I didn’t plan to write Brier Rose. At the time, all I wanted to do was go on a long trip or an adventure. I was waiting for something, an adventure that I could throw myself into wholeheartedly—the kind that would find me wading through swamps with leeches sucking the blood from my thighs and chest, after which I would get lost in a deserted grassland, and when I finally threw off my soiled clothing, a few dried-out leeches would fall out. I wanted to spend the winter in Harbin or Jiandao, the temperature below minus 30 degrees Celsius cutting into my flabby body. Finally I got my wish and found myself in Shenyang, China.
There, at a foot massage parlor, I met a small woman. I later called her Soso in my book. Soso introduced herself as Joseonjok (Korean ethnic minority in China). That was a lie, however. After a while Soso told me how she had been trafficked from her hometown in North Korea to a remote Chinese village. I was shocked to learn that her defection was not her choice, but that she had been trafficked against her will.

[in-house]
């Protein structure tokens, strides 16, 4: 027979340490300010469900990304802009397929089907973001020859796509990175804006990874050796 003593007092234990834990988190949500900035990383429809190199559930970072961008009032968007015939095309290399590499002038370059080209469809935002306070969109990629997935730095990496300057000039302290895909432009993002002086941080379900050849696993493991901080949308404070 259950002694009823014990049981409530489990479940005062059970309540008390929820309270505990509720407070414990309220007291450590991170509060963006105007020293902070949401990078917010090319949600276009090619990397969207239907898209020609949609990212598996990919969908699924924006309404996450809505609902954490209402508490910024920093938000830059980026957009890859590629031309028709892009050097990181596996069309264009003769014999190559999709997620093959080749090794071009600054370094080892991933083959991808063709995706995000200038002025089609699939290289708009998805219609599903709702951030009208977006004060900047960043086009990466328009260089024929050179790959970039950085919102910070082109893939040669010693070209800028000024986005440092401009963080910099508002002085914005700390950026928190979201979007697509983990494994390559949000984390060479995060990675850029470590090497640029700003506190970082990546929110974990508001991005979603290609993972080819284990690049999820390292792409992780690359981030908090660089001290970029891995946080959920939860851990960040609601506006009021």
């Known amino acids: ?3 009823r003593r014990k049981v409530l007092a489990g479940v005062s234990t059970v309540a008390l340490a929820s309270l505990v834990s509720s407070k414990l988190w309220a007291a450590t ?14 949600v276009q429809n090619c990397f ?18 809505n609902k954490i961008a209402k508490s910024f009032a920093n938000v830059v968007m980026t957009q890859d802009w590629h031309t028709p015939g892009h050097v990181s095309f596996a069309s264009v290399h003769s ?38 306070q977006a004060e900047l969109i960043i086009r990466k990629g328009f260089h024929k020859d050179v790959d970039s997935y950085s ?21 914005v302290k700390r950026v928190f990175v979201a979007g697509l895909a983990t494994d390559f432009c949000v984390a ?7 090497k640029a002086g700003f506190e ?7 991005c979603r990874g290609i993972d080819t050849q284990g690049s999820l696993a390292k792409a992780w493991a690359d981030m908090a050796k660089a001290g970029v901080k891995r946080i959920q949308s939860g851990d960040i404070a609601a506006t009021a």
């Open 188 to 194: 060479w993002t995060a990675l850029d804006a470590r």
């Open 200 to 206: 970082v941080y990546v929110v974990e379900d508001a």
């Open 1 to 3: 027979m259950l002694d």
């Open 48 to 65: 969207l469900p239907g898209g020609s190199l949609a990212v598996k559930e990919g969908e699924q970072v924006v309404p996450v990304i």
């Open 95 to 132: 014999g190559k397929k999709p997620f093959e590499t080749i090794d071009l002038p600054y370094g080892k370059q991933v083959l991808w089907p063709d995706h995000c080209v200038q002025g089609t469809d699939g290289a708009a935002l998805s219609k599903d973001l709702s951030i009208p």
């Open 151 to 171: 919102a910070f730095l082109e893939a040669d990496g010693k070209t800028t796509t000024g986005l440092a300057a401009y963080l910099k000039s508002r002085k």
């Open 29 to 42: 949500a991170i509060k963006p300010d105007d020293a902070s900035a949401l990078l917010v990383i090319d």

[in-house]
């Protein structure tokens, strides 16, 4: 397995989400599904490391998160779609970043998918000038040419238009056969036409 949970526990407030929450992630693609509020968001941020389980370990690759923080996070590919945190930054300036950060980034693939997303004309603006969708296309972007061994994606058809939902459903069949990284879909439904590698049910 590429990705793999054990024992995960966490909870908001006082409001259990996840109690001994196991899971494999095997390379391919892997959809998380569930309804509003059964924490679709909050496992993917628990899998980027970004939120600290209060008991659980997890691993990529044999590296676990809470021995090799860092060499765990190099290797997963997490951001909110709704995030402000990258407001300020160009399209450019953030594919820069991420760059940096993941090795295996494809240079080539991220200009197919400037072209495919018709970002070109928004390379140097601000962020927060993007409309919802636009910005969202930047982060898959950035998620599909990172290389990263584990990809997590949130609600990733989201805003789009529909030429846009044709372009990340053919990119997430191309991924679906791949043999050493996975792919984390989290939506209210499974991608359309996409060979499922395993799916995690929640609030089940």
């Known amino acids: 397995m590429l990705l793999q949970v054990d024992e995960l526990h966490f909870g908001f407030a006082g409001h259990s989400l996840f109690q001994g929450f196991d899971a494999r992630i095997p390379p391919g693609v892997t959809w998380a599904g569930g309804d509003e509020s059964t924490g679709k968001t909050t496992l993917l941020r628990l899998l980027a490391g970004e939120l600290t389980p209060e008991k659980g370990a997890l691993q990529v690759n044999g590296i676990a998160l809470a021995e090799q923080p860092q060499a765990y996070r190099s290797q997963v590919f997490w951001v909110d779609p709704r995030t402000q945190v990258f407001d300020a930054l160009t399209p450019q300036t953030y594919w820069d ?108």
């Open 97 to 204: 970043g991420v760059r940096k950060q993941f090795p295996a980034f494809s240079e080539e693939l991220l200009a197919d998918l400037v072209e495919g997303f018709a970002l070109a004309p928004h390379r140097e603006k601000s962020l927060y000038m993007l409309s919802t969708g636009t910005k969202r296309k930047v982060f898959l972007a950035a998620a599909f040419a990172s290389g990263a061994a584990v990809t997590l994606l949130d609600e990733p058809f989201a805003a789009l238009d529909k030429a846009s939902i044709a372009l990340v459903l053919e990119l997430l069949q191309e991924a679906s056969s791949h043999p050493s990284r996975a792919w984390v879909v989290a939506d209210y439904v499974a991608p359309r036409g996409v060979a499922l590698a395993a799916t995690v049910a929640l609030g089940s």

And with this I came face to face with humanity. Inside the people I met, I saw landscapes and scars, hypocrisy and treachery, jealousy and madness, purity and baseness, excess and deprivation, sadness and joy, chaos and purpose, desire and prostitution, truth and falsity.
With Brier Rose’s Chung-sim, I wanted to depict a protagonist whose body mapped out the course of her existence. However the task was not as straightforward as I had anticipated. With each sentence I wrote, I would take glimpses at the landscape outside the sentence and then ...
Since 1987, Jeong Do-sang’s (b. 1960) works have relentlessly explored the organizational violence and social mechanisms that suppress free will and the conditions of life. He won the Yosan Literary Award and the Beautiful Writer Award in 2008 for his serial novel Brier Rose.